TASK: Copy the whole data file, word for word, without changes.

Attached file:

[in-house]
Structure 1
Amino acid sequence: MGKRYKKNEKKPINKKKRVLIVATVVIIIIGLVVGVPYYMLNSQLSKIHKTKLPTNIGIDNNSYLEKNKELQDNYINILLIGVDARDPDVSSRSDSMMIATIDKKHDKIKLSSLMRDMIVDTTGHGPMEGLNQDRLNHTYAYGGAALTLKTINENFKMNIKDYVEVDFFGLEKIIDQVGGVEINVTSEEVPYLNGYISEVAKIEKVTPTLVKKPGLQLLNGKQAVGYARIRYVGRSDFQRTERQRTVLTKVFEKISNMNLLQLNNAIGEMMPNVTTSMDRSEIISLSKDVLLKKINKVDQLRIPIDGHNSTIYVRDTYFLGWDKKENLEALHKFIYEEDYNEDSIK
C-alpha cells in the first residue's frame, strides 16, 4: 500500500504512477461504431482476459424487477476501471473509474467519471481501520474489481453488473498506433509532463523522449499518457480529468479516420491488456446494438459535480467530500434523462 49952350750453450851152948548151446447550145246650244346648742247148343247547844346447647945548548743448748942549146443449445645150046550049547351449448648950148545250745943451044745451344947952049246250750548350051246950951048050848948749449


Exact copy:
[in-house]
Structure 1
Amino acid sequence: MGKRYKKNEKKPINKKKRVLIVATVVIIIIGLVVGVPYYMLNSQLSKIHKTKLPTNIGIDNNSYLEKNKELQDNYINILLIGVDARDPDVSSRSDSMMIATIDKKHDKIKLSSLMRDMIVDTTGHGPMEGLNQDRLNHTYAYGGAALTLKTINENFKMNIKDYVEVDFFGLEKIIDQVGGVEINVTSEEVPYLNGYISEVAKIEKVTPTLVKKPGLQLLNGKQAVGYARIRYVGRSDFQRTERQRTVLTKVFEKISNMNLLQLNNAIGEMMPNVTTSMDRSEIISLSKDVLLKKINKVDQLRIPIDGHNSTIYVRDTYFLGWDKKENLEALHKFIYEEDYNEDSIK
C-alpha cells in the first residue's frame, strides 16, 4: 500500500504512477461504431482476459424487477476501471473509474467519471481501520474489481453488473498506433509532463523522449499518457480529468479516420491488456446494438459535480467530500434523462 49952350750453450851152948548151446447550145246650244346648742247148343247547844346447647945548548743448748942549146443449445645150046550049547351449448648950148545250745943451044745451344947952049246250750548350051246950951048050848948749449